Thoughts on site navigation

We built the subdomains first. We decided to integrate the main site navigation in the form of a yellow circle left of the logo.

Wood Tech nav Seattle Central

Main nav Seattle Central

This was an interim solution. The next iteration would probably focus on simplifying the navigation for a more intuitive experience network-wide.

Sub Navigation for Seattle Central College

The main site sub-nav for desktop was in the sidebar. We designed it for 3 levels.

Sites for higher education tend to have unwieldy navigation that can sometimes mirror the institutional structure. A few common ways of dealing with navigation are:

  • Global mega menu
  • Network of smaller sites with logo/link back to home
  • No global navigation (relying on search and breadcrumbs)

From what I have seen many higher education institutions use combination of all. Let’s go through each one.

Global mega menu

A global menu site-wide with the tops sections (and possibly sub sections). This approach might be problematic if there are too many sections of the site making the decision for where to click and what to find overwhelming for users.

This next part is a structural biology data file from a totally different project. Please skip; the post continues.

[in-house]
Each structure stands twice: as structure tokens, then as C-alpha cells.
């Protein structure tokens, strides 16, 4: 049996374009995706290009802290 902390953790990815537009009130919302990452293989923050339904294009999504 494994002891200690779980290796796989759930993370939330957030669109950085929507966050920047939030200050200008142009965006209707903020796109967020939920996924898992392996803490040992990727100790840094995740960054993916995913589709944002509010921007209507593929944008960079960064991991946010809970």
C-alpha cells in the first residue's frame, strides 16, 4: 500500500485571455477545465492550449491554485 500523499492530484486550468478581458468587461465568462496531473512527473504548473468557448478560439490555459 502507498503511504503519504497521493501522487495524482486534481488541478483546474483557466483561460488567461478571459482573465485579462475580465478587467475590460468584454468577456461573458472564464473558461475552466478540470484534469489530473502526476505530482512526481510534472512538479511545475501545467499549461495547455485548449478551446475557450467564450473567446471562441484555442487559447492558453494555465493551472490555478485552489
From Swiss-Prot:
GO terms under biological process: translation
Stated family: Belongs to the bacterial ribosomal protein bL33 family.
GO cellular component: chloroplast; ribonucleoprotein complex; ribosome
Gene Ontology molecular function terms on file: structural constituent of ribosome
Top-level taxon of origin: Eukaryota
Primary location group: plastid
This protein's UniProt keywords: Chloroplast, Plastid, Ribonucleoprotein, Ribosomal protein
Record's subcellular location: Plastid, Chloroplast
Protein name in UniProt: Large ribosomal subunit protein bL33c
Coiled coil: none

Network of smaller sites

Each site has it’s own navigation. The only way to interact between the main site and satellite sites is by linking the logo or thoughtfully placed link.

No global navigation

This approach is clean design. It relies on well written content. It also relies on current content that is filled with the optimal search terms that a user would look (not just the lingo that is used inside the institution). It can be difficult to find if there are large sections of older content that has filled with jargon.

Small devices templates Seattle Central College

The sub-nav for small screens became the yellow bar.

What I learned

We decided it was important to incorporate the global navigation into the subdomains. Since our release was going to be staggered users were going to bounce between the legacy platform/UX/domain and the new subdomains for half a year. Now that everything is on one platform and codebase, the next step might be to have a search based navigation and rely on strong content.